President Reagan said yesterday Congress will make a "great mistake" if it puts any time limit on commitment of U.S. forces to the Persian Gulf, as Senate Democratic leaders struggled over how far to go in challenging the administration on the issue.

But the White House, challenging Congress, opposed any restrictions on presidential action and asserted that portions of the 1973 War Powers Resolution are unconstitutional.

A senior official said that "there is a necessity for the president to exercise his powers in the current situation, and we think the public understands that."

Reagan's comment came during a photo-taking session where he was asked about published reports that Congress wants to limit U.S. military presence in the gulf to 90 days. The president said that any congressional restrictions would "simply be an encouragement" for Iran to wait until the time limit expired before taking action.

White House spokesman Marlin Fitzwater said the administration is "meeting the spirit of the {War Powers} resolution through extensive briefings with Congress." He added, however, that there is no need to report the U.S. attack on an Iranian vessel accused of laying mines in the gulf because it was "defensive."

"In addition, we continue to believe that parts of the resolution are unconstitutional and usurp executive branch prerogatives," Fitzwater said.

Congress is torn by conflicting pressures, including divisions over the constitutionality of the War Powers Resolution and its applicability to the Persian Gulf. There is mounting apprehension over deepening U.S. involvement in an open-ended war and yet reluctance to tie the president's hand in conducting it.

"As a matter of history . . . Congress doesn't have the guts to fulfill its own obligations" under the war-powers law, said Sen. Lowell P. Weicker Jr. (R-Conn.) in opposing efforts to resolve the dispute without invoking the law's requirement for congressional approval of U.S. involvement in long-term hostilities.

In daylong meetings off the Senate floor, Senate Democratic leaders attempted to work out a bipartisan proposal that would put some limits on the tanker-escort operation without triggering specific provisions of the war-powers law.

They alternated between mild and strong language in a series of drafts, winding up the day with consideration of a proposal that could require a presidential request, and acquiescence of Congress, for continuation of the operation after 90 days from enactment.

But a final draft is not expected to be submitted to the Senate until tonight.

The administration has repeatedly refused to invoke the War Powers Resolution, which provides for notification of Congress when hostilities are "imminent." U.S. forces must then be withdrawn within a specified time unless their continued presence is authorized by Congress.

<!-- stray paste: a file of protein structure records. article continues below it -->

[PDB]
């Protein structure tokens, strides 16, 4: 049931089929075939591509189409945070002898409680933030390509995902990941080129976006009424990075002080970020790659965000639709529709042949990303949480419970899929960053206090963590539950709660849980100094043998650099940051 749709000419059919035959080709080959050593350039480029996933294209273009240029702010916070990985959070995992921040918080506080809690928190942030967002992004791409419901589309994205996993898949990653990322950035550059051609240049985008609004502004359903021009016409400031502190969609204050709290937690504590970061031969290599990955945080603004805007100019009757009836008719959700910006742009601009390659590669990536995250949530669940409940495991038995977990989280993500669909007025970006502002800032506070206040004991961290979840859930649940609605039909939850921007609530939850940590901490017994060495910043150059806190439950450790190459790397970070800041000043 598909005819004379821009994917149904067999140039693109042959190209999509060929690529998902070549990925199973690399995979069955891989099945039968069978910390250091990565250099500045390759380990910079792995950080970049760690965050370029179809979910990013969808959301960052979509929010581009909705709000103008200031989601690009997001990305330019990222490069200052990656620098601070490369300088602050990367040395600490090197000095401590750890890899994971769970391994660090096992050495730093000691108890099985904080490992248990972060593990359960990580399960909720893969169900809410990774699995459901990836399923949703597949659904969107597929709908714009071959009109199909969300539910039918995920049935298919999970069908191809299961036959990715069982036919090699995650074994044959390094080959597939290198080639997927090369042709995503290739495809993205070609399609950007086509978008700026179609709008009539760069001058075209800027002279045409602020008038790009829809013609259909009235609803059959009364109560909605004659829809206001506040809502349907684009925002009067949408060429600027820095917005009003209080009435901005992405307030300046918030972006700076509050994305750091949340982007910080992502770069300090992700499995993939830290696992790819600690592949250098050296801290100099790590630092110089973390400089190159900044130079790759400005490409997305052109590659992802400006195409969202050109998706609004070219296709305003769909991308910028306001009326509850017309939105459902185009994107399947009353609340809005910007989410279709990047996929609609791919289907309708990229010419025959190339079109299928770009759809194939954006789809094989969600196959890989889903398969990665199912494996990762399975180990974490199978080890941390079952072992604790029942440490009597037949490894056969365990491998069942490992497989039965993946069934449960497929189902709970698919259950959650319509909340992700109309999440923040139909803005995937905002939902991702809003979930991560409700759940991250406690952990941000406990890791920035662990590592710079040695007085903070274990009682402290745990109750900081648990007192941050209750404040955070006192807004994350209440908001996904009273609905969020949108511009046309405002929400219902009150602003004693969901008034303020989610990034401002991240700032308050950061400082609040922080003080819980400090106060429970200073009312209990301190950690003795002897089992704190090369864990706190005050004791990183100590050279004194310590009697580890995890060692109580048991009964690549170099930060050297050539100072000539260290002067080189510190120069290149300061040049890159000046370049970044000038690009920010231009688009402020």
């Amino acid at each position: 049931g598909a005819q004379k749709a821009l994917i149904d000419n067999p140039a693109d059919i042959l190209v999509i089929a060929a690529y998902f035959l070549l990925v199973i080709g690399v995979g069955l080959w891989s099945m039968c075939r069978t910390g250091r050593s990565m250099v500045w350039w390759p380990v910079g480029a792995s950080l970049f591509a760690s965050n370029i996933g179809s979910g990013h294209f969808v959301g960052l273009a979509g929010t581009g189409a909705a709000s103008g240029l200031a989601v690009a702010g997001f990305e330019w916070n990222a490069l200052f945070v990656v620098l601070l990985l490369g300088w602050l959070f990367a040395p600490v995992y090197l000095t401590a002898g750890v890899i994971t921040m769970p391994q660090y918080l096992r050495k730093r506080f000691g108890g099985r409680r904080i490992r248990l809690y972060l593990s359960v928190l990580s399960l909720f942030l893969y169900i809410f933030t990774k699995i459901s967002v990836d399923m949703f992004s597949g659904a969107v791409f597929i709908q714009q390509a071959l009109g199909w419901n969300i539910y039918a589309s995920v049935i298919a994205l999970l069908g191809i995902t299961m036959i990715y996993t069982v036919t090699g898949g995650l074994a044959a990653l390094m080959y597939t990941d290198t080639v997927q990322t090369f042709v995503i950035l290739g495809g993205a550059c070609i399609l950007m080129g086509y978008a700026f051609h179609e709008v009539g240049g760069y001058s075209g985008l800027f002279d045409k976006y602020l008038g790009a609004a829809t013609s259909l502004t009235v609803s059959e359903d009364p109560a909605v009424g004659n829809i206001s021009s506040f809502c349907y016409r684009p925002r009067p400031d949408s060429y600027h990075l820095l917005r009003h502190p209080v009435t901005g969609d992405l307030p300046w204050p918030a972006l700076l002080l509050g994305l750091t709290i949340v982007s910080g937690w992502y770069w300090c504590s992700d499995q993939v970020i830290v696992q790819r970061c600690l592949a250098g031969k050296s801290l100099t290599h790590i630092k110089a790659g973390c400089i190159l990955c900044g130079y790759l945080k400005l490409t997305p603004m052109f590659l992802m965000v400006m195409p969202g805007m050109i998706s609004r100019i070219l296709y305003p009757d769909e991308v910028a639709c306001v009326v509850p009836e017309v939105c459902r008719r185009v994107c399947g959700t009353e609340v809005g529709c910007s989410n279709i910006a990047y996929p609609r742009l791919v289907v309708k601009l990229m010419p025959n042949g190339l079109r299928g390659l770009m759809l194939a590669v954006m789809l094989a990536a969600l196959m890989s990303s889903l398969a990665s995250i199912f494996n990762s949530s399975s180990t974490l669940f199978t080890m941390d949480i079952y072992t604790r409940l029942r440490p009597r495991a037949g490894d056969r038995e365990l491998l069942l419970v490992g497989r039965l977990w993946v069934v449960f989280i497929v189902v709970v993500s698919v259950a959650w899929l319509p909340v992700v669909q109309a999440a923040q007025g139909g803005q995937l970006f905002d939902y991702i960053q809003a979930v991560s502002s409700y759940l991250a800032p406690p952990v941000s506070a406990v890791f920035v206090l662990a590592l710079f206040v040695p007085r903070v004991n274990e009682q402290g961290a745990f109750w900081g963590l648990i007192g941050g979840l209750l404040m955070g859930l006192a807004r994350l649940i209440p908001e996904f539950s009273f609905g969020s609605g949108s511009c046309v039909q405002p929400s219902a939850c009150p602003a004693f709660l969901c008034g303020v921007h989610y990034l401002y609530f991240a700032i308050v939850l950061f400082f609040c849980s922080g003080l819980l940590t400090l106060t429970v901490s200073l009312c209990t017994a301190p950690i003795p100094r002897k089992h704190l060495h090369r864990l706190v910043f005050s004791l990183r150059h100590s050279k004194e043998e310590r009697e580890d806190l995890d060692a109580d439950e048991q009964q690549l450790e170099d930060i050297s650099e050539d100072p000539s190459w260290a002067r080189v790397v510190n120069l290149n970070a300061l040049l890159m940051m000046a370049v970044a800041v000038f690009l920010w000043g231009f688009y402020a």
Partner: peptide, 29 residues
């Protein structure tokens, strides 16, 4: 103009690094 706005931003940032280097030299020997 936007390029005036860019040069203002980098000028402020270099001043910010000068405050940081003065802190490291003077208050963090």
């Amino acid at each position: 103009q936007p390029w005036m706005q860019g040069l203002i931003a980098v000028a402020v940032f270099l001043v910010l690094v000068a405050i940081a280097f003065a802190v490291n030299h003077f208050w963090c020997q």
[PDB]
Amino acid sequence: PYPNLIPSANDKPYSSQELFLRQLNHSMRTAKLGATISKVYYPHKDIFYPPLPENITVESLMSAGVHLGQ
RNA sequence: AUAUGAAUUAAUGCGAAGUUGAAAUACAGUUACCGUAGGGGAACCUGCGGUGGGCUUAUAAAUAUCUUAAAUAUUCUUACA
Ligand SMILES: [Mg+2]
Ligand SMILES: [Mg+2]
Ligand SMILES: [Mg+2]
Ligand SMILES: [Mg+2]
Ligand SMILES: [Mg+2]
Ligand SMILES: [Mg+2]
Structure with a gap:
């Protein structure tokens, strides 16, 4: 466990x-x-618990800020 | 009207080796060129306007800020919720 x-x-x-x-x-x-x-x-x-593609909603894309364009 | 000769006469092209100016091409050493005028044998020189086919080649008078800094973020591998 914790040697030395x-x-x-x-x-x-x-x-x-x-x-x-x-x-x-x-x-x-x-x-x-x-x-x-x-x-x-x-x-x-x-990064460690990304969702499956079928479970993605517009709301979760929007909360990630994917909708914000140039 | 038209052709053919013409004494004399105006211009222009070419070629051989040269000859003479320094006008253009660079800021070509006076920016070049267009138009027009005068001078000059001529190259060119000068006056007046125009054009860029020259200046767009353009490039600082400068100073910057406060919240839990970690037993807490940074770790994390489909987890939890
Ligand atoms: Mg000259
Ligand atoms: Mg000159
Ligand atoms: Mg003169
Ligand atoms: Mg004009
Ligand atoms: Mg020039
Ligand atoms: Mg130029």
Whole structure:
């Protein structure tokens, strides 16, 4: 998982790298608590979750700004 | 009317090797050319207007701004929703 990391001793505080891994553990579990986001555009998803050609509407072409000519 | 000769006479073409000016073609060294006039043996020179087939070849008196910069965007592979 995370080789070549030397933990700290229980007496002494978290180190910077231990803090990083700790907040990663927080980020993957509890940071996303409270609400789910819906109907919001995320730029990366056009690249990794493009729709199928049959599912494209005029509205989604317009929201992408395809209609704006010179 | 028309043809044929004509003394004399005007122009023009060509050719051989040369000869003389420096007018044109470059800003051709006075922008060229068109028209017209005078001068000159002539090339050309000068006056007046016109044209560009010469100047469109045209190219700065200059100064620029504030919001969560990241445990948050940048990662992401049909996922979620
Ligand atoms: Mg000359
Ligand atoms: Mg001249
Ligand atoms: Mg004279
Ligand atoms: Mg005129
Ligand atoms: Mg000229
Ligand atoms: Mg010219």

Fitzwater asserted yesterday that hostilities are even less "imminent" than before the U.S. attack on the Iranian vessel, which killed three Iranian sailors and provoked threats of retaliation.

"I would make an argument that the major threat in the gulf today is mining, and that catching people mining and preventing these mines from going into the water diminishes the threat," Fitzwater said.

Like other presidents before him, Reagan has made no secret of his view that the War Powers Resolution unduly restricts his actions. But until now, in the gulf situation, administration officials have limited themselves to saying that the law does not apply in current circumstances.

A senior official said that there is "less reluctance" to openly criticize the legislation now because "it is clear that the public doesn't want the Congress directing operations in the Persian Gulf." He said polls taken for the White House support this view.

The Senate voted, 50 to 41, last week to reject a proposal that would have invoked the War Powers Resolution. But the new outbreak of hostilities Monday prompted a renewed push for congressional action, which Senate Majority Leader Robert C. Byrd (D-W.Va.) sought to temper with a compromise that would pass with Republican as well as Democratic support.

At one point yesterday, the group, which included Sen. John W. Warner (R-Va.), ranking Republican on the Armed Services Committee, moved toward a proposal that would have done little more than require a report from Reagan on progress of the escort operation and remind the president of Congress' control over spending.

But advocates of congressional limitations, including Sens. Dale Bumpers (D-Ark.) and Brock Adams (D-Wash.) pressed for stronger constraints, and Weicker and Sen. Mark O. Hatfield (R-Ore.), who did not participate in the negotiations, continued to demand that the War Powers Resolution be invoked.

Congress should either obey the law or "get rid of it," Weicker said. "To flout it is the worst of all alternatives."

Accusing Democrats of dodging their responsibilities as the opposition party, he said, "I think they would rather be hide in the weeds and wait for Reagan to stumble than to challenge him" and take the consequences.

The War Powers Resolution has been eroded by executive and congressional inaction over the years, and failure to invoke it now would come close to putting the "final nail in the coffin" for the statute, Weicker said.